1. Become obsessed about their customers
  2. Get serious about how to collaborate better with their agents
  3. Focus on the infrastructure that supports the digital business
  4. Refine their thinking about what eBusiness means to the insurance ecosystem
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Lessons Learned From 1,500 Website User Experience Reviews

Adele Sage

After more than 12 years of evaluating website user experience, Forrester reached a major milestone — completing 1,500 Website User Experience Reviews. That's more than 100 reviews per year or more than 10 per month. Whew! We've been busy.

These reviews (using an expert/scenario/heuristic review methodology) span B2C and B2B sites, intranets, and employee portals across many industries and countries. What we do: We identify target users and attempt to accomplish realistic user goals for those users, and then we evaluate the experience on a set of 25 criteria graded across possible scores of -2 (severe failure), -1 (fail), +1 (pass), or +2 (best practice) for each criterion.

So what did we find?

  • Many poor experiences. Since scores for each of the 25 criteria range from a -2 to +2, total scores could range from -50 to +50, and passing all tests would result in a grade of +25 or higher. But the average score across all of our reviews was only +1.1, and only 3% of the sites earned a passing score (that's a total of 45 sites out of the 1,500. Yes, you read that right: 45).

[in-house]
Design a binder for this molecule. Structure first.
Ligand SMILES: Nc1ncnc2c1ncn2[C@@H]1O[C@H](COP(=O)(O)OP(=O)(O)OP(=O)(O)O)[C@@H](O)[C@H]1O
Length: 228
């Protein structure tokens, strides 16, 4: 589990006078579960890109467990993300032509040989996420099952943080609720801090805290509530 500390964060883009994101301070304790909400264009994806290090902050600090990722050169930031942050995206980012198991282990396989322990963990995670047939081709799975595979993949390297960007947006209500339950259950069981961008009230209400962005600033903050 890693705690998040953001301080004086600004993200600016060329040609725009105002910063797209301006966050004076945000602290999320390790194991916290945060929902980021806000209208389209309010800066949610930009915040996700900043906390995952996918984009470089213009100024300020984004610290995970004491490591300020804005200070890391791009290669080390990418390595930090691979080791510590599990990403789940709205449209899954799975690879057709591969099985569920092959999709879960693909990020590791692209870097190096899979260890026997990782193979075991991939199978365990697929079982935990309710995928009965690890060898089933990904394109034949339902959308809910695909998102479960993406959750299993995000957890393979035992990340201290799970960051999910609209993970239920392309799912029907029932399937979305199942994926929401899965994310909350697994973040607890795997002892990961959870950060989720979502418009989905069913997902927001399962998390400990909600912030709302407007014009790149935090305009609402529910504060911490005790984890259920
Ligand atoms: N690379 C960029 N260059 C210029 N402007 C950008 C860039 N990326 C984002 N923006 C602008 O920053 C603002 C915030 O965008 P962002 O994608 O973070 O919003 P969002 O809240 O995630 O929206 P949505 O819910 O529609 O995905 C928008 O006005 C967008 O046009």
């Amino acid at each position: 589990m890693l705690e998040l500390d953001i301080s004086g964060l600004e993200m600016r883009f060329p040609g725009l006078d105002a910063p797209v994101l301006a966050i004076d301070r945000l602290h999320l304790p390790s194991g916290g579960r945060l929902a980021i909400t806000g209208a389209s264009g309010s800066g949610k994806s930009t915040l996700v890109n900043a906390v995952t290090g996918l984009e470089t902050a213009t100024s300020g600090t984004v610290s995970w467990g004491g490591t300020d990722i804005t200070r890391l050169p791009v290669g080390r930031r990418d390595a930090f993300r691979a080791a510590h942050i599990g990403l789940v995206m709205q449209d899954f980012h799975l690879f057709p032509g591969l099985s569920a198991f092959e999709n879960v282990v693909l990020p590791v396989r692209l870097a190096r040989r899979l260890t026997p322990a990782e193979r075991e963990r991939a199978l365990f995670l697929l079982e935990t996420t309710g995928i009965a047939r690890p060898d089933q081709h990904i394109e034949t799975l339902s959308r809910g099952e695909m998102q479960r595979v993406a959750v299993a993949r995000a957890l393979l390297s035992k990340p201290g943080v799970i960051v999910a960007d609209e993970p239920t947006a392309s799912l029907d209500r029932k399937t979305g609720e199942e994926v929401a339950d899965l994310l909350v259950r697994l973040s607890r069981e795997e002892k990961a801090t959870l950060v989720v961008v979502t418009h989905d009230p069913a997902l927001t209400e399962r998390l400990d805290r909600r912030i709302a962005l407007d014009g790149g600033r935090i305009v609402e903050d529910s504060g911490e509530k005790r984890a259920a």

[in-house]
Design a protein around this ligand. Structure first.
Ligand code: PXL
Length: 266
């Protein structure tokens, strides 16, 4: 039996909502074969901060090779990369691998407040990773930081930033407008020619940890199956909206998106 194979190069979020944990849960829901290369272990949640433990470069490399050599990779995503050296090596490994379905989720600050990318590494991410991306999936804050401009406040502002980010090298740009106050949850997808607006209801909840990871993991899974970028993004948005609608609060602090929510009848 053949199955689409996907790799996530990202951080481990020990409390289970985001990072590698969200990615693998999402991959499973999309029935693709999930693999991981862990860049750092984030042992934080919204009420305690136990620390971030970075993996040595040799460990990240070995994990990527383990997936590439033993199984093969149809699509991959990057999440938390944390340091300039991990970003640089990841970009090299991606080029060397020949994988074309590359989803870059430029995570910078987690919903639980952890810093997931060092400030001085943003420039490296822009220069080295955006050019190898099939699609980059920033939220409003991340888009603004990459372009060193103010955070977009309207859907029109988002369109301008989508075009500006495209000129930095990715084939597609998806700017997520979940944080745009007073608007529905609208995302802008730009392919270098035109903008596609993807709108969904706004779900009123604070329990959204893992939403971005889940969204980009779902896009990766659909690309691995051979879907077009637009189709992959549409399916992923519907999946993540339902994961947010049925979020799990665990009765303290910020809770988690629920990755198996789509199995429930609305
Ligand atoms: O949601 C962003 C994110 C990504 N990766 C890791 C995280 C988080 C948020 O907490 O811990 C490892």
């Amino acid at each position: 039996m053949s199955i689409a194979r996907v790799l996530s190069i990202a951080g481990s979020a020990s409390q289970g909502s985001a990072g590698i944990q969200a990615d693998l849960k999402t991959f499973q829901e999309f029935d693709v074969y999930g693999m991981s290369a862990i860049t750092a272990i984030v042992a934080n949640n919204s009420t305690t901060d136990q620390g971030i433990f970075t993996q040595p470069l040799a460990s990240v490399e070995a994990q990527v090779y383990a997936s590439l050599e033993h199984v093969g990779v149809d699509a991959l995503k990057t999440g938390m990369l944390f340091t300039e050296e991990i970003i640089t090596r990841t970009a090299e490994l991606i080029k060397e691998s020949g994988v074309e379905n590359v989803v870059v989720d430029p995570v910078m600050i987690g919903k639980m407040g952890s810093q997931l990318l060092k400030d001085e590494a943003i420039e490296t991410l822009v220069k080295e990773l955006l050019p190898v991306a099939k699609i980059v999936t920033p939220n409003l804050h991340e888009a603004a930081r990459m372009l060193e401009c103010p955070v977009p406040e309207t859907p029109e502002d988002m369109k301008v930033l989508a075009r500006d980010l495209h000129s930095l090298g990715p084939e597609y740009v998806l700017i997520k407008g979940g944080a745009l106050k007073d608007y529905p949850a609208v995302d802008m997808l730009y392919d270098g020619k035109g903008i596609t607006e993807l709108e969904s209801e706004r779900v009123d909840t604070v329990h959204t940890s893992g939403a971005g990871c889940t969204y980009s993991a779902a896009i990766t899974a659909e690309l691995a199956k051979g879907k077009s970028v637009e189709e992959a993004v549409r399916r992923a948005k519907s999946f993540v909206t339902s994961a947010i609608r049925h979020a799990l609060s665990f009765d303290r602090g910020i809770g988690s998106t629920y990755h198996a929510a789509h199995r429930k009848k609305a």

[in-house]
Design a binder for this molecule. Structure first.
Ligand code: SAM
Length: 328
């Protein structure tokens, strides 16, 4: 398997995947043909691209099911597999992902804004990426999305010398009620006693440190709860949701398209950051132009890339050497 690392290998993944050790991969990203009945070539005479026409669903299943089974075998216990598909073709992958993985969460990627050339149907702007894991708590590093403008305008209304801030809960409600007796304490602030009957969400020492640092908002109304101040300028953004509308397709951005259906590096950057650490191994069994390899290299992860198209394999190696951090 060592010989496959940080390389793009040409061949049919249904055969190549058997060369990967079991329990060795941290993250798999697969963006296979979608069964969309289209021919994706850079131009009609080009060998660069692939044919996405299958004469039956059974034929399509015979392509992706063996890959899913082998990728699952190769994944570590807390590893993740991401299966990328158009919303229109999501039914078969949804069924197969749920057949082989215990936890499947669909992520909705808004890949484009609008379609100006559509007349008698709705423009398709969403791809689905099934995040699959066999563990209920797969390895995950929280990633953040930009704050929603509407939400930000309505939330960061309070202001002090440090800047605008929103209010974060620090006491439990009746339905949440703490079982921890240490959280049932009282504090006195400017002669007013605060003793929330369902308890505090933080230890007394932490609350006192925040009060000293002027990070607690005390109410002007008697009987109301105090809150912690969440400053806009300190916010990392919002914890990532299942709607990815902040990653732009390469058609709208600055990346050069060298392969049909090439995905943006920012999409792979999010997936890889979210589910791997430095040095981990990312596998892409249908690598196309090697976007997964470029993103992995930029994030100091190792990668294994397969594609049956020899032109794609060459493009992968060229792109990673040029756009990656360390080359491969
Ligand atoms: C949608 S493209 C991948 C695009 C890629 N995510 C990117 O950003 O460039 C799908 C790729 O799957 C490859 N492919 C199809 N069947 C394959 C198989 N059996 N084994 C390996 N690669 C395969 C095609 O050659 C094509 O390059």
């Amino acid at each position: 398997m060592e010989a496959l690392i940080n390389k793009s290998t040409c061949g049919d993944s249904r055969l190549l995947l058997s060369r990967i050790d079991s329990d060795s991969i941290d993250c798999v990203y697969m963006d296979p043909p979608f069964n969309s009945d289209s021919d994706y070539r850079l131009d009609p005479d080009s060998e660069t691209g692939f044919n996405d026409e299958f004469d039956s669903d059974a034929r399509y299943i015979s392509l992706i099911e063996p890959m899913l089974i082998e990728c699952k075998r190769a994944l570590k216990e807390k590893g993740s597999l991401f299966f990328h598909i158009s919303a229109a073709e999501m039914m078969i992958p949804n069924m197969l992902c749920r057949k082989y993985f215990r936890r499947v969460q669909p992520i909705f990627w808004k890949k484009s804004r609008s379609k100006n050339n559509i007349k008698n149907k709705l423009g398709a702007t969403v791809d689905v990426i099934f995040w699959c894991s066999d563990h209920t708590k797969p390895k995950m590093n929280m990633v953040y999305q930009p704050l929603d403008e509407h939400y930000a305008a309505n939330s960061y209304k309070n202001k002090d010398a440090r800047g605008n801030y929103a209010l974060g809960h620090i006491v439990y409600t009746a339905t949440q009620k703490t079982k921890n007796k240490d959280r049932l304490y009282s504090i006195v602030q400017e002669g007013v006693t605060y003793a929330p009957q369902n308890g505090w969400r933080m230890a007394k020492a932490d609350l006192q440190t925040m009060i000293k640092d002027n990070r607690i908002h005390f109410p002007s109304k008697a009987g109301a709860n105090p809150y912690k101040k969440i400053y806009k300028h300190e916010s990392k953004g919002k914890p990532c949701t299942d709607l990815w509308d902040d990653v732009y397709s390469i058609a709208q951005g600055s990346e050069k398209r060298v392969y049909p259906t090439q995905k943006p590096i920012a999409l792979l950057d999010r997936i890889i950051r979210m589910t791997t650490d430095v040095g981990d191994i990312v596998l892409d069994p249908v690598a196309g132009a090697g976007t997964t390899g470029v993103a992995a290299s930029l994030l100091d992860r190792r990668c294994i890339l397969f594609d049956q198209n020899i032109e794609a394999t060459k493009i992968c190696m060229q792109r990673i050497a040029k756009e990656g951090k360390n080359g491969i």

• Fluctuations in scores over time. The average score rises and falls when we look across versions of the methodology and over time. But, finally, in the latest version, there was a significant increase in the average score over the years just prior — a trend we hope to see continue. There's a similar pattern when we compare B2C and B2B sites. B2B sites have consistently lagged behind B2C sites in user experience scores, but we're finally seeing that gap narrow.